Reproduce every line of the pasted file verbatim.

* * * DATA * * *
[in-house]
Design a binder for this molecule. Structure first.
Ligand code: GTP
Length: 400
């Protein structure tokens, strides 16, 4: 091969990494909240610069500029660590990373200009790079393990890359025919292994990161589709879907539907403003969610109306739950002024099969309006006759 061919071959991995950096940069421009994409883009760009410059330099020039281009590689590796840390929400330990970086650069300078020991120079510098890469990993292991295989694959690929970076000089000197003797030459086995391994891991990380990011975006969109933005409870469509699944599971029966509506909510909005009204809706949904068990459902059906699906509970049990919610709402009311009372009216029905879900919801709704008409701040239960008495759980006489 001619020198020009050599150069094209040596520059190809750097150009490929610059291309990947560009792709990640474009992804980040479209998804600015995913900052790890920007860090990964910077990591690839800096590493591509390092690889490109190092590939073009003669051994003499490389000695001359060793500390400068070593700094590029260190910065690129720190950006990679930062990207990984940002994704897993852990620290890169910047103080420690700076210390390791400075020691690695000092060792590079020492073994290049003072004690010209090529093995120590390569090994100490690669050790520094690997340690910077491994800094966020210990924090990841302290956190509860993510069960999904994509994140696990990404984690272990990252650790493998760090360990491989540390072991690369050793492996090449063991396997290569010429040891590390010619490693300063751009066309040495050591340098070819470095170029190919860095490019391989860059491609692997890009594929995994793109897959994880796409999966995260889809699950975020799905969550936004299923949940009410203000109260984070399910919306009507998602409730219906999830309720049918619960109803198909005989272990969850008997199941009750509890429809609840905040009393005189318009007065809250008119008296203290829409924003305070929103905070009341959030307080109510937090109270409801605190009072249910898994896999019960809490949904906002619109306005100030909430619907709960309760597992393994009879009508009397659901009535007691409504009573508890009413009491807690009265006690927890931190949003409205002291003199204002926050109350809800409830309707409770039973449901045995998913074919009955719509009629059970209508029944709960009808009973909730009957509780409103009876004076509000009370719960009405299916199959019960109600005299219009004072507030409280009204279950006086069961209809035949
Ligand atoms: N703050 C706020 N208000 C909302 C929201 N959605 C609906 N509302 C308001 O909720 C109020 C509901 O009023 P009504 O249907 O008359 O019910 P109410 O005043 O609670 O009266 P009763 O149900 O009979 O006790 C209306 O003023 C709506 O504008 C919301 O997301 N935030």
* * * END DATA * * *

[in-house]
Design a binder for this molecule. Structure first.
Ligand code: GTP
Length: 400
């Protein structure tokens, strides 16, 4: 091969990494909240610069500029660590990373200009790079393990890359025919292994990161589709879907539907403003969610109306739950002024099969309006006759 061919071959991995950096940069421009994409883009760009410059330099020039281009590689590796840390929400330990970086650069300078020991120079510098890469990993292991295989694959690929970076000089000197003797030459086995391994891991990380990011975006969109933005409870469509699944599971029966509506909510909005009204809706949904068990459902059906699906509970049990919610709402009311009372009216029905879900919801709704008409701040239960008495759980006489 001619020198020009050599150069094209040596520059190809750097150009490929610059291309990947560009792709990640474009992804980040479209998804600015995913900052790890920007860090990964910077990591690839800096590493591509390092690889490109190092590939073009003669051994003499490389000695001359060793500390400068070593700094590029260190910065690129720190950006990679930062990207990984940002994704897993852990620290890169910047103080420690700076210390390791400075020691690695000092060792590079020492073994290049003072004690010209090529093995120590390569090994100490690669050790520094690997340690910077491994800094966020210990924090990841302290956190509860993510069960999904994509994140696990990404984690272990990252650790493998760090360990491989540390072991690369050793492996090449063991396997290569010429040891590390010619490693300063751009066309040495050591340098070819470095170029190919860095490019391989860059491609692997890009594929995994793109897959994880796409999966995260889809699950975020799905969550936004299923949940009410203000109260984070399910919306009507998602409730219906999830309720049918619960109803198909005989272990969850008997199941009750509890429809609840905040009393005189318009007065809250008119008296203290829409924003305070929103905070009341959030307080109510937090109270409801605190009072249910898994896999019960809490949904906002619109306005100030909430619907709960309760597992393994009879009508009397659901009535007691409504009573508890009413009491807690009265006690927890931190949003409205002291003199204002926050109350809800409830309707409770039973449901045995998913074919009955719509009629059970209508029944709960009808009973909730009957509780409103009876004076509000009370719960009405299916199959019960109600005299219009004072507030409280009204279950006086069961209809035949
Ligand atoms: N703050 C706020 N208000 C909302 C929201 N959605 C609906 N509302 C308001 O909720 C109020 C509901 O009023 P009504 O249907 O008359 O019910 P109410 O005043 O609670 O009266 P009763 O149900 O009979 O006790 C209306 O003023 C709506 O504008 C919301 O997301 N935030």